skip to Main Content

Deep-time organizations: Learning institutional longevity from history

Hanusch, Frederic, Frank Biermann. 2019. Deep-time organizations: Learning institutional longevity from history. The Anthropocene Review. Online first.

Abstract

The Anthropocene as a new planetary epoch has brought to the foreground the deep-time interconnections of human agency with the earth system. Yet despite this recognition of strong temporal interdependencies, we still lack understanding of how societal and political organizations can manage interconnections that span several centuries and dozens of generations. This study pioneers the analysis of what we call “deep-time organizations.” We provide detailed comparative historical analyses of some of the oldest existing organizations worldwide from a variety of sectors, from the world’s oldest bank (Sveriges Riksbank) to the world’s oldest university (University of Al Quaraouiyine) and the world’s oldest dynasty (Imperial House of Japan). Based on our analysis, we formulate 12 initial design principles that could lay, if supported by further empirical research along similar lines, the basis for the construction and design of “deep-time organizations” for long-term challenges of earth system governance and planetary stewardship.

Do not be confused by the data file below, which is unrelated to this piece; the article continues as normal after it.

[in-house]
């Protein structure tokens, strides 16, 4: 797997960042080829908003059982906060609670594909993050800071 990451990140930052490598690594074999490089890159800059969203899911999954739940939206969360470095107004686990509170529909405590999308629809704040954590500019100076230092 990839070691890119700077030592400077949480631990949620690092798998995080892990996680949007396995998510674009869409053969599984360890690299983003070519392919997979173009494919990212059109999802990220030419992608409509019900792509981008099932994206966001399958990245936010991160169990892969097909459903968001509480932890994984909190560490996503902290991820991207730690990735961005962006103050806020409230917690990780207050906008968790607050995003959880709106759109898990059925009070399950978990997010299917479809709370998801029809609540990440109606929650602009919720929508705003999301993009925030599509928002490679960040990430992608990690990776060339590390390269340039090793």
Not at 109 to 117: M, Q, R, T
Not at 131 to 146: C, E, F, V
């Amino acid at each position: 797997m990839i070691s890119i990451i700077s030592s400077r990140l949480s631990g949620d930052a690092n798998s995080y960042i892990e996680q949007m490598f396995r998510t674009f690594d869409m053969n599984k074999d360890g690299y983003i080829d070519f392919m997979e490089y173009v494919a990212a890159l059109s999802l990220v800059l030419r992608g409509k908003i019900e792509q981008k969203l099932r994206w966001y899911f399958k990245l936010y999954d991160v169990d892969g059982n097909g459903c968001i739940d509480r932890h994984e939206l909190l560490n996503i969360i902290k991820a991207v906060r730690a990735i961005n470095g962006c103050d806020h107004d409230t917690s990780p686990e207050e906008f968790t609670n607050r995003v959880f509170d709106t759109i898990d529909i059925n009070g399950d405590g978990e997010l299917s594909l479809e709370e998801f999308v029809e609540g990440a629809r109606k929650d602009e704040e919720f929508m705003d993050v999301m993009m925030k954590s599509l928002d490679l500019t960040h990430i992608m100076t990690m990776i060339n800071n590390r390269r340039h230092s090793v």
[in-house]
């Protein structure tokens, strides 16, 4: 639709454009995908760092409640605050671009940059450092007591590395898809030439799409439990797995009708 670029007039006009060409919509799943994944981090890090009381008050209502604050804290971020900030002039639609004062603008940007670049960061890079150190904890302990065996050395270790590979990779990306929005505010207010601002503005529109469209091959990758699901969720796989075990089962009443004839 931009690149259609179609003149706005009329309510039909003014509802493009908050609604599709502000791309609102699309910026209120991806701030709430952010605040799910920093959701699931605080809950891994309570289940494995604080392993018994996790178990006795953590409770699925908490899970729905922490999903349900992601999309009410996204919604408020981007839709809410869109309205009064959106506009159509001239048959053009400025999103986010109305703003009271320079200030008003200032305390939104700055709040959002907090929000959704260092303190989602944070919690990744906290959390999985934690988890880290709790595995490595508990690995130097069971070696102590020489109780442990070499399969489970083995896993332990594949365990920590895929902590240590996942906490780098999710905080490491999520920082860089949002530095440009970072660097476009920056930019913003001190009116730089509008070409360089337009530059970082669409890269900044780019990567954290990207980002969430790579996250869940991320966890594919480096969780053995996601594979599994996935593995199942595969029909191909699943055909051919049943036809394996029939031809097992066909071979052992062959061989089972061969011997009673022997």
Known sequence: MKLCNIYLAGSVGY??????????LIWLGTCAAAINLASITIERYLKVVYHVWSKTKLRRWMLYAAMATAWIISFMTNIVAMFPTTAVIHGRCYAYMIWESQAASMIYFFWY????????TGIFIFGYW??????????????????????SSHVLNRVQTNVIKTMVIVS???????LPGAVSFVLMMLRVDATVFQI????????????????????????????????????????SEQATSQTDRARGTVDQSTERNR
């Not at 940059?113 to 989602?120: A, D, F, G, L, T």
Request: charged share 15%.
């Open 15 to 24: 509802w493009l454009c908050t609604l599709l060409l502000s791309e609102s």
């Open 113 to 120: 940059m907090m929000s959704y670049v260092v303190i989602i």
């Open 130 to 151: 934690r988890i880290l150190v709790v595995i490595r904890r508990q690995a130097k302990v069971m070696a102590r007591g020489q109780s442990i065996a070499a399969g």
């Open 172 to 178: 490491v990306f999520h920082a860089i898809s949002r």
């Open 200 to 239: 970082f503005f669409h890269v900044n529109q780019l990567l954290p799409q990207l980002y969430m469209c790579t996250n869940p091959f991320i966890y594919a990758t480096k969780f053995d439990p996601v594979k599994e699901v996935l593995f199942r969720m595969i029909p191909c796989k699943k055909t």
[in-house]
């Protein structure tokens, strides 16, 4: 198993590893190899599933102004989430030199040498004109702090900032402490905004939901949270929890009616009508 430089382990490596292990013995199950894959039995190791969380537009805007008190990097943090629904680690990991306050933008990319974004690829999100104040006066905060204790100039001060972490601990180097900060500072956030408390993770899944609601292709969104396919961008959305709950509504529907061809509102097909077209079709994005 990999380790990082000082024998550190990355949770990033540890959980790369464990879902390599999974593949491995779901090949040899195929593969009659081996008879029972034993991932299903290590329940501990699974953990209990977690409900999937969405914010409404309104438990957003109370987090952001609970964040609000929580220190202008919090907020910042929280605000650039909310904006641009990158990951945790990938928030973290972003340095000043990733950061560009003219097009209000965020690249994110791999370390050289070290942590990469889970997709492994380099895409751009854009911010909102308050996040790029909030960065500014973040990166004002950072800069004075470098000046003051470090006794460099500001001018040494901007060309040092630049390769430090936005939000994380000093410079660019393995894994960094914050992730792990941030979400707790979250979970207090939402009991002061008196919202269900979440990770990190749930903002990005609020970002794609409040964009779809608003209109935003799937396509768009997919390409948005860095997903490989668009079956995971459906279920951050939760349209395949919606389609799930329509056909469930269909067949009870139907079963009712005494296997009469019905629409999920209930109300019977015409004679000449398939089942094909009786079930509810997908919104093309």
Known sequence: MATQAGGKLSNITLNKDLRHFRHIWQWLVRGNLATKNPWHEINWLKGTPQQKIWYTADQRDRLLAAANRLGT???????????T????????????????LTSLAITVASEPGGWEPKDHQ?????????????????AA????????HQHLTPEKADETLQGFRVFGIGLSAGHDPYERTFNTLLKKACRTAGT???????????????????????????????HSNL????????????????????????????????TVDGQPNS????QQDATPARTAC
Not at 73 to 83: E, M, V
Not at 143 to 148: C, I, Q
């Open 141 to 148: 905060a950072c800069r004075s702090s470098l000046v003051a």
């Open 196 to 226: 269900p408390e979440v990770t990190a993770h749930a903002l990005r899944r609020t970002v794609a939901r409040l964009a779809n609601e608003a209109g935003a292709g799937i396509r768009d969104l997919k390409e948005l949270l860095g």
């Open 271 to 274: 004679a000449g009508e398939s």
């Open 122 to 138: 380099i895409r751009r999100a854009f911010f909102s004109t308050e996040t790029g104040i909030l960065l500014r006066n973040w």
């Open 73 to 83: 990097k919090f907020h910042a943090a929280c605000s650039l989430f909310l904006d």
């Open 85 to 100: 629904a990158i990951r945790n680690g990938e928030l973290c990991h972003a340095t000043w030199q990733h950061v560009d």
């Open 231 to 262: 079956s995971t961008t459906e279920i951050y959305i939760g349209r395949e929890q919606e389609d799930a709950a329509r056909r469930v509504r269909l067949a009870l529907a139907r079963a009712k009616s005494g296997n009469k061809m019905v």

More information about this article here

Recent publications

Transforming Biodiversity Governance
Edited by Ingrid J. Visseren-Hamakers, Radboud Universiteit Nijmegen, Marcel T. J. Kok, PBL Netherlands Environmental Assessment Agency
2021 Annual Report
The Earth System Governance Project seeks to mobilise and advance scholarship at the interface between global environmental change and governance. Discover how by learning more about the project in this summary of 2021!
Transforming Biodiversity Governance

Over fifty years of global conservation has failed to bend the curve of biodiversity loss, so we need to transform…